Al Franken doesn't want to tick off the in-lawsFor months now, Sen. Al Franken has used every available microphone to warn about the dire future of net neutrality: The principle that demands no Internet Service Providers or governments be allowed to tamper with the content, access, speed and ... More >>
Black is white. Peace is war. Up is down. Michele Bachmann is now asserting that the issue of Internet network neutrality, known as "net neutrality," is an evil Obama administration plot to censor the Internet. But it's exactly the opposite: Network neutrality (also net neutrality, Inter ... More >>
In penance for Britney Spears, radio stations will play 11 hours of local tunes
KSTP refuses ad that criticizes the media for reporting bad news about Iraq
Paul Demko, Diablo Cody, and Dylan Hicks offer three takes on MPR's new baby
How a small chain of once-struggling radio stations grew into a giant of the media/entertainment complex
Outcasts. Prom queens. Fashionistas. Athletes. Photographer Lauren Greenfield says they want to be seen for who they are. But sometimes, they just want to be seen.
12 Rods, Jon Stewart, Howard Stern, Quentin Tarantino, Garrison Keillor, MF Doom, Lawrence Lessig, Randi Rhodes...
When life gives you lemons, make collages
Britain's Forced Entertainment attempts the six-hour play and the worst show in the world
Yo Ho Ho and 70 Watts: Four Years After Broadcasting From a Tree Limb Down by the River, Local Radio Renegades Keep on Marauding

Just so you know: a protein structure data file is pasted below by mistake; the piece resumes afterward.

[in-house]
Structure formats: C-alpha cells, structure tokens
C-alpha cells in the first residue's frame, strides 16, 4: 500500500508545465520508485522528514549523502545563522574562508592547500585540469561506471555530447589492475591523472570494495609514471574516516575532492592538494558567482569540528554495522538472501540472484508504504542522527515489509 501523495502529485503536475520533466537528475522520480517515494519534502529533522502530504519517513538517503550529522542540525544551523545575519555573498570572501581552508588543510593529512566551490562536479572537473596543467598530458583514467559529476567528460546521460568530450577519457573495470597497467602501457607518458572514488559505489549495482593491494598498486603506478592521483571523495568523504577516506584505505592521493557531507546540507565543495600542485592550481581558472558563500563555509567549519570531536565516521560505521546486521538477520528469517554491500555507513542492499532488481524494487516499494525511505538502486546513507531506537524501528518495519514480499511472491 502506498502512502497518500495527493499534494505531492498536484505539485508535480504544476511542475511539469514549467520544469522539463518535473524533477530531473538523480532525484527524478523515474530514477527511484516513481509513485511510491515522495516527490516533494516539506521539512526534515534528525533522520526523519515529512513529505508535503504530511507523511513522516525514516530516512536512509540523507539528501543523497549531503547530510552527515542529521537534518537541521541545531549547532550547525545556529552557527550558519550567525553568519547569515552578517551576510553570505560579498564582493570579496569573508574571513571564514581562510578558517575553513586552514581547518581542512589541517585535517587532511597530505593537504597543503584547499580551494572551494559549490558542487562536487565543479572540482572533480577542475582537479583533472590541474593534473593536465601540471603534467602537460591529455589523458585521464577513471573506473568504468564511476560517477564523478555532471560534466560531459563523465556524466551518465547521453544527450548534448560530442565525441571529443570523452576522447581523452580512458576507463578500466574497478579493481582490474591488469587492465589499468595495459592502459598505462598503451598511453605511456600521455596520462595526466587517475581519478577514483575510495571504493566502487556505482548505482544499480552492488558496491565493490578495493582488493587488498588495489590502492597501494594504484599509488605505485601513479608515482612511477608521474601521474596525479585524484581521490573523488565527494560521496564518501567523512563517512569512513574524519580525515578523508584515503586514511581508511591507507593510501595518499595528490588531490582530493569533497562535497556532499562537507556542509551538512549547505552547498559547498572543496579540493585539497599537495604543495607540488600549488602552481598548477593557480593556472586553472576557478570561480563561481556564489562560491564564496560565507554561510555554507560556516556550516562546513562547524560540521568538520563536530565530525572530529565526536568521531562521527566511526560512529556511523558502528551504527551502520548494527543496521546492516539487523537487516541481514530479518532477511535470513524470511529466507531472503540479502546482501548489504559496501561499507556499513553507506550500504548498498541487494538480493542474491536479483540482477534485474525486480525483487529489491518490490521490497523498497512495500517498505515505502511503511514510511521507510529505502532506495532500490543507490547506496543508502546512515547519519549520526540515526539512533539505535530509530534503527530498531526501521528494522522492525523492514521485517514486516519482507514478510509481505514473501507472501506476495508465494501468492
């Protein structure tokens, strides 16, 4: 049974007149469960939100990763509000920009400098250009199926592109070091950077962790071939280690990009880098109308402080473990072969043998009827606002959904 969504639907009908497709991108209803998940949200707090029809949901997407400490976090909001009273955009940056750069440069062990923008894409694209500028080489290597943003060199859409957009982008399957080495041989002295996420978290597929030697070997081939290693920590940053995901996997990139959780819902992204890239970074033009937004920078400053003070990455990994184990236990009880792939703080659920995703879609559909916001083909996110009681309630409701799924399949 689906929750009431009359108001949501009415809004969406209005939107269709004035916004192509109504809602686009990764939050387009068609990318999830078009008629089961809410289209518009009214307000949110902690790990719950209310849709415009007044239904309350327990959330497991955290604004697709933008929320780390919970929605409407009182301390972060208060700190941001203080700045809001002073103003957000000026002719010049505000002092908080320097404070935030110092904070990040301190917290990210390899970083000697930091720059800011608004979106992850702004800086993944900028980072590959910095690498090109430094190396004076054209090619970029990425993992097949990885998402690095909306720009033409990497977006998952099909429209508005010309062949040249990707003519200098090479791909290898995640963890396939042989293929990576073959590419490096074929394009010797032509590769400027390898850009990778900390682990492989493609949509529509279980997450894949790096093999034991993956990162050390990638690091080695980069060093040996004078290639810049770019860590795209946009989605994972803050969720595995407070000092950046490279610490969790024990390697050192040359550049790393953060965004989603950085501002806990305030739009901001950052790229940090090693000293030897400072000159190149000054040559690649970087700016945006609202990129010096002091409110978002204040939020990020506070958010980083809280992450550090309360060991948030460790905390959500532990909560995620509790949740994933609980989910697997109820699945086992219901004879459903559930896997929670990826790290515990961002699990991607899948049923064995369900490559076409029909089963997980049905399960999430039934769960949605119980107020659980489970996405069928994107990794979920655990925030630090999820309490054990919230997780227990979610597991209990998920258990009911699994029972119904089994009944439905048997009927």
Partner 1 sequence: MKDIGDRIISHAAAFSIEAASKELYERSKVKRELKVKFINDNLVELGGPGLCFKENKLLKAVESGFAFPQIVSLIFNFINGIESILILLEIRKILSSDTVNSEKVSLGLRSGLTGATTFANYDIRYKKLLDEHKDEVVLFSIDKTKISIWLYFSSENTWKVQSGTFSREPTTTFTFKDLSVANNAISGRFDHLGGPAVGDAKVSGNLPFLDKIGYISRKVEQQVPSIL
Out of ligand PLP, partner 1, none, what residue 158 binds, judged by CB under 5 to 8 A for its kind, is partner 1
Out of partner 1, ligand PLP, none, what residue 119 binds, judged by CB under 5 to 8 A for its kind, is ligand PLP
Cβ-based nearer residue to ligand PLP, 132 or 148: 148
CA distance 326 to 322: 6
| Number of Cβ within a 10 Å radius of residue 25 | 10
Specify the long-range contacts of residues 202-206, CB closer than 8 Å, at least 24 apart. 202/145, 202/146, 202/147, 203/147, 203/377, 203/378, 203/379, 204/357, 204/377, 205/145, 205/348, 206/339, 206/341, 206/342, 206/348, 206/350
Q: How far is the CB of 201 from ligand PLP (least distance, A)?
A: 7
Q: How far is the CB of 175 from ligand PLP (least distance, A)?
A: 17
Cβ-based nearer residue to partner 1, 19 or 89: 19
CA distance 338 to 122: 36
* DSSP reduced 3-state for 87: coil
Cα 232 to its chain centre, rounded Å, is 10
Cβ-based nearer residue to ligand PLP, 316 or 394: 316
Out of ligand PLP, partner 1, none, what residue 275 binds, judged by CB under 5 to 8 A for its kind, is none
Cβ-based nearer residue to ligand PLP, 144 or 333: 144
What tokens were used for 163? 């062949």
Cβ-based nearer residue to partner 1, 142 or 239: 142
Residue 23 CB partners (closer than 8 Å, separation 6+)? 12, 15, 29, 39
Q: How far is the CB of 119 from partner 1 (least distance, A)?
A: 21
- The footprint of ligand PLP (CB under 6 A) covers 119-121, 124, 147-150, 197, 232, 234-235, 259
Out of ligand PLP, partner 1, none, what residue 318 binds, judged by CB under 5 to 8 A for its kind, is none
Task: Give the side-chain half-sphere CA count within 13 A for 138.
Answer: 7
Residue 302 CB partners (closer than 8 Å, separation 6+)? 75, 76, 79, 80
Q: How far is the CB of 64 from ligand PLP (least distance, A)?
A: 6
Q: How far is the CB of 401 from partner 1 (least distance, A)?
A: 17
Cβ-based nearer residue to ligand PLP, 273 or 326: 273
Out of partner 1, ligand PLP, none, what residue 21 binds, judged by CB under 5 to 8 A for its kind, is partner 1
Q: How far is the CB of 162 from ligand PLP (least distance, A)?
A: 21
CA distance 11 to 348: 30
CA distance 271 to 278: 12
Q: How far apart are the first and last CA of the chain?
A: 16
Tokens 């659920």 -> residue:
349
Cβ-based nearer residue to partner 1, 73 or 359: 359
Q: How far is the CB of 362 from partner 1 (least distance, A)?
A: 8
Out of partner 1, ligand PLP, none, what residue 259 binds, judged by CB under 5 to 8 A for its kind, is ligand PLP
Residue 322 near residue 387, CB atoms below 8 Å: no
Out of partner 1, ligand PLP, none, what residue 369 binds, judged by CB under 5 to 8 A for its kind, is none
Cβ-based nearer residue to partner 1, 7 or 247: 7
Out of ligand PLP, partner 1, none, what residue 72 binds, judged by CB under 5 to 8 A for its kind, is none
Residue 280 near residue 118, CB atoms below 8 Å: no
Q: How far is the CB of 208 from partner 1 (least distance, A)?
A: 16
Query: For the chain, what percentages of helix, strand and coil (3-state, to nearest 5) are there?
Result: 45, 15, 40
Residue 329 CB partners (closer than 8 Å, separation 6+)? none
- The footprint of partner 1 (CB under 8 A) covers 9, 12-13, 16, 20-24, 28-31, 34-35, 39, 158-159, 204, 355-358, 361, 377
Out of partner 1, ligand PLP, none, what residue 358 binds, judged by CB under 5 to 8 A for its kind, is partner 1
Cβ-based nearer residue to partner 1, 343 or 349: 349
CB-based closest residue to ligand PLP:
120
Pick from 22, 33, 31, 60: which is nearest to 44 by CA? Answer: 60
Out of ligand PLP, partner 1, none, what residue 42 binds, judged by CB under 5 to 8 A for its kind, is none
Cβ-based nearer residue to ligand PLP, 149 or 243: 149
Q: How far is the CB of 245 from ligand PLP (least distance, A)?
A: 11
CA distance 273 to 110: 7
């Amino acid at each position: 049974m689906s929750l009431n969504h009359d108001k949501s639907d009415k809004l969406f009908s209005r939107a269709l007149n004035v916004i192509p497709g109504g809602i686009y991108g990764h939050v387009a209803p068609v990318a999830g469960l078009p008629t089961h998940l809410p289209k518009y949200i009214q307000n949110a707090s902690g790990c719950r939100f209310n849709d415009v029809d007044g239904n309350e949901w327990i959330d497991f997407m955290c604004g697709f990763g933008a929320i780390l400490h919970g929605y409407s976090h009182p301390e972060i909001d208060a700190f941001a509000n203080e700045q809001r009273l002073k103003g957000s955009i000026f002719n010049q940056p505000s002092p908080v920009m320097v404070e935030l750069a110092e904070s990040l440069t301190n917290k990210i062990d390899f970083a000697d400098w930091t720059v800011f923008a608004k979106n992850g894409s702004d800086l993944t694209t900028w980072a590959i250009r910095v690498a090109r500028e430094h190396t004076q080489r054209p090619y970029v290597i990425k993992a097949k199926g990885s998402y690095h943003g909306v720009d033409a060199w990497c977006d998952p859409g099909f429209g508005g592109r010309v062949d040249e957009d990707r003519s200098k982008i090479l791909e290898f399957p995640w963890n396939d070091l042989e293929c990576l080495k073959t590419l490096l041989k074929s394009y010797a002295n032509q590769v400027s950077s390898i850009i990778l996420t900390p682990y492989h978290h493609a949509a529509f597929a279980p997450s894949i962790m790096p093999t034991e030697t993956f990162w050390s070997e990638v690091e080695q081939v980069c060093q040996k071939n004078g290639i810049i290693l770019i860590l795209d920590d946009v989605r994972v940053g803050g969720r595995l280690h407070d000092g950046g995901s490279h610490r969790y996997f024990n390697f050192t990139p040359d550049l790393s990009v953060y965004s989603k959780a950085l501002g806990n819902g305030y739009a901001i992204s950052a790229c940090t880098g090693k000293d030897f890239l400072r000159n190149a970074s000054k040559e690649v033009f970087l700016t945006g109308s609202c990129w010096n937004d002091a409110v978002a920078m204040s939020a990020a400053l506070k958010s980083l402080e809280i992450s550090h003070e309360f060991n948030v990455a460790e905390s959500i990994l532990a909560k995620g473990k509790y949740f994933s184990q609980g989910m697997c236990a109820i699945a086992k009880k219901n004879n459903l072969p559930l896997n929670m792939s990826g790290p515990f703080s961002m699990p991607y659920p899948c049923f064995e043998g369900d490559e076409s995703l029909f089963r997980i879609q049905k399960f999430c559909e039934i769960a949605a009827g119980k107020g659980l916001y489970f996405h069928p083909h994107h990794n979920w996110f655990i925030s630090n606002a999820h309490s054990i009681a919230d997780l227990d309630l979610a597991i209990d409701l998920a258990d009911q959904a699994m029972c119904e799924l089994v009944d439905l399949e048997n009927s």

Patti Smith nominates Ralph Nader; Penelope Houston stumps for Howard Dean; Liz Phair endorses copulating barbies
The most powerful radio and concert chain hires the most powerful man in local dance music. For Clear Channel and Rich Best, it's business as usual.
Record profits from political ads have critics crying foul
Public TV's capitol pledge drive
At least this year has roused up a worthy controversy in the local club scene
Son of the Beach floats on the unlikely premise of offering a less serious Baywatch
Politicians get ready to reboot telecommunications law
A new FCC proposal creates high hopes for local low-watt radio
Howard Stern's billboard controversy; local rockers censor themselves
The Hennepin County library system just wanted good clean fun on its CD rack. What it got was a free-speech debate that won't quit.
Last year the FCC shut down a scrappy, 40-watt dance station, dealing another blow to Minnesota's radio diversity. Today, Alan Freed and his Beat Radio are beaming an AM signal nationwide.
Devin Miller and Thomas Ross want to do something no black person in Minnesota has done before: buy a major commercial radio station. But first they have to beat the FCC, an industry giant, and the trend toward broadcast consolidation.
US West wants to use information about who you call to increase its sales. Privacy advocates are screaming foul.
Maybe it's time Americans took a page from Italy's experience. There, the anti-corruption drive "Operation Clean Hands" was placed in the hands of a permanent ethics czar to shield it from political influence.
With a week to go until Judgment Day, Barbara Carlson returns to her roots.
The Strib's corporate parent says nothing but good things will happen when they sell the paper. Where have we heard this before?
It doesn't really matter whether he overtakes KQ and Tom Barnard. Either way, Howard Stern wins. And local radio loses.
NSP's Disaster Plan